This whole area is so steeped in book tradition, and anyone who is interested in books comes here at some point. Its one of those old fashioned ideas that everyone who is in the same trade is in the same space and, because we’re specialist bookshops, instead of being in competition with one another you’re actually helping each other. That’s something you can’t get on the Internet.

What you can get from the internet, however, is more information on the books Natalie currently stocks in her bookshop. Click here to be taken to her website, or visit her shop on 22 Cecil Court, London WC2N 4HE

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Anyone who vaguely reads this blog knows my affection and admiration for the paintings of Francis Bacon. There is something in them that I find hugely inspirational and intriguing about them. Partly because of the style he developed through his career and, perhaps most intriguing, the absence of apparent meaning.

Francis Bacon in his studio

Bacon insisted that he was just painting ‘what he saw’ and that he had no interest in ‘fantasy’, which stretched to meaning ‘no interest in narrative’ – he merely wanted to paint ‘reality’. But its easy to see in his work the influence the literature, the artists and the photographers that he admired had on him and shaped his ‘reality’.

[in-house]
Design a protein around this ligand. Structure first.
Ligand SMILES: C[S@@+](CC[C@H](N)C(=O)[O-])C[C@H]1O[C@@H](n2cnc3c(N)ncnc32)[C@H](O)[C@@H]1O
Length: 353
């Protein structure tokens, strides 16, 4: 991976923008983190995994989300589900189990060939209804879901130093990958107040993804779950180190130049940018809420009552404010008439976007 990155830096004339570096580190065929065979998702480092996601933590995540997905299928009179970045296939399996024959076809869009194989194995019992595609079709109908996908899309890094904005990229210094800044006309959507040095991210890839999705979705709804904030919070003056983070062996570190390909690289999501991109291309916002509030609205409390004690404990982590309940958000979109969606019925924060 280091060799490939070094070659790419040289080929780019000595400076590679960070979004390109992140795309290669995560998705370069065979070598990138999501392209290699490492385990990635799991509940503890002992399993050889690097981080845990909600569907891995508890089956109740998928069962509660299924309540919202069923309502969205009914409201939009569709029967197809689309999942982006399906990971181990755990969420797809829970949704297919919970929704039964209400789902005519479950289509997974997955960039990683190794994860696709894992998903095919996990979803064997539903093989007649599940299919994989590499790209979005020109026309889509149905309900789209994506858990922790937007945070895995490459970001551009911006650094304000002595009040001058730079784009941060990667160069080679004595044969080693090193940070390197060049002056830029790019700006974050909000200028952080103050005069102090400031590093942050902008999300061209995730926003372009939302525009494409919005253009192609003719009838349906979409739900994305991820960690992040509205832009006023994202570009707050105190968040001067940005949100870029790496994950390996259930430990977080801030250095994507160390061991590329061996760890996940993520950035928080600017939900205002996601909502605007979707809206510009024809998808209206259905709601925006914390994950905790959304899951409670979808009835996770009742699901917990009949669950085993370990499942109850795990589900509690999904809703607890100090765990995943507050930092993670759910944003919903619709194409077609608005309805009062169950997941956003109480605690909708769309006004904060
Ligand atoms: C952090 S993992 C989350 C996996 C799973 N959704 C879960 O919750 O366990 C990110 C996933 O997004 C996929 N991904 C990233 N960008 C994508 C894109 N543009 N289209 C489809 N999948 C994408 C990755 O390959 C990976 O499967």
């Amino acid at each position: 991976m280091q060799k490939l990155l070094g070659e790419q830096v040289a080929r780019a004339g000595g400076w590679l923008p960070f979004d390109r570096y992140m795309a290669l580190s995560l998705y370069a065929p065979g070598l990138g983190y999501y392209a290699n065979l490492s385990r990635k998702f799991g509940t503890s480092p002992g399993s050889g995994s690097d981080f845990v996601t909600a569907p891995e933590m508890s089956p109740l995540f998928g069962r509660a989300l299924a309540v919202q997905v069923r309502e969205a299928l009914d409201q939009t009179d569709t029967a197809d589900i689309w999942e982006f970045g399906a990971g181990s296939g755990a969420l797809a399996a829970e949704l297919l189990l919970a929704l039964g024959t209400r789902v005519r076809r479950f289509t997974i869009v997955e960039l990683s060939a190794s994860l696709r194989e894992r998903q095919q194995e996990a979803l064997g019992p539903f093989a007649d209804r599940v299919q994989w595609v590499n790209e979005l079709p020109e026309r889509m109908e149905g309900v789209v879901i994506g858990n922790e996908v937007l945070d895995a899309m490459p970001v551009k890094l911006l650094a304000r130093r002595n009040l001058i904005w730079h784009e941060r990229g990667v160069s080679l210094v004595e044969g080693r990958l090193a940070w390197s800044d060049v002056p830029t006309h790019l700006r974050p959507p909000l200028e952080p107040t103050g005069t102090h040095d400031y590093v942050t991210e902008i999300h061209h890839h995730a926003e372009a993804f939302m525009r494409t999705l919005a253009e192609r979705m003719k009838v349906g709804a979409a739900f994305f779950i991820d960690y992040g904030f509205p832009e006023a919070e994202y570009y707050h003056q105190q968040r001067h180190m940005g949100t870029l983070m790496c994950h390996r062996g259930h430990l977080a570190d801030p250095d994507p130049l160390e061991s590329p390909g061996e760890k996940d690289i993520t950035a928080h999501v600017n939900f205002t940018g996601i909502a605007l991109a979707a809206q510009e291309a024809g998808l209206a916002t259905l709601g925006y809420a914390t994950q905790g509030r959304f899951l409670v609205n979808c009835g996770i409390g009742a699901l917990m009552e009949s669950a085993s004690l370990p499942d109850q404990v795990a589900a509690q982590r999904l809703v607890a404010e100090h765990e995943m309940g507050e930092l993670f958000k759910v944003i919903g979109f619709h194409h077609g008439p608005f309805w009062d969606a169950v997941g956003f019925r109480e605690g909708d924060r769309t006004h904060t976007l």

Because of this, his paintings are rich in symbolism and mystery whilst occupied with the portraits of his friends and lovers – both reality and and his own personal mythology.

As a writing exercise, I have been using his work as a stimulus, to flex my poetic muscles, weedy though they are. I have decided to post some of these exercises on the blog, as I realise I haven’t posted any new work in some months.

Study of Francis Bacon’s Triptych, 1987 – Alex MacDonald

I

There’s something about to happen here,
Like a word being wrought, tongued
In locked teeth, or a man taking a step
Off an alabaster pavement on to
A vacant road. His face sits behind glasses
While his thoughts fan like orange segments.

II

A man has walked into his own pendulum
Splitting across his mind, dividing desires.
He is a hyphen man – squatting in cricket whites,
His pronounced nudity in places, he is no longer
The keeper of his handsome future, as his dreams
Free themselves of their glacier rooms.

III

The scene is irreversible – the desk lamp
Shines a truth over it, the electric cord
Snaking through the pile of furniture, chair legs,
Papers and ornate antique wheels.
The blood is a birthmark, confirming history
And the unfortunate identity of someone gone.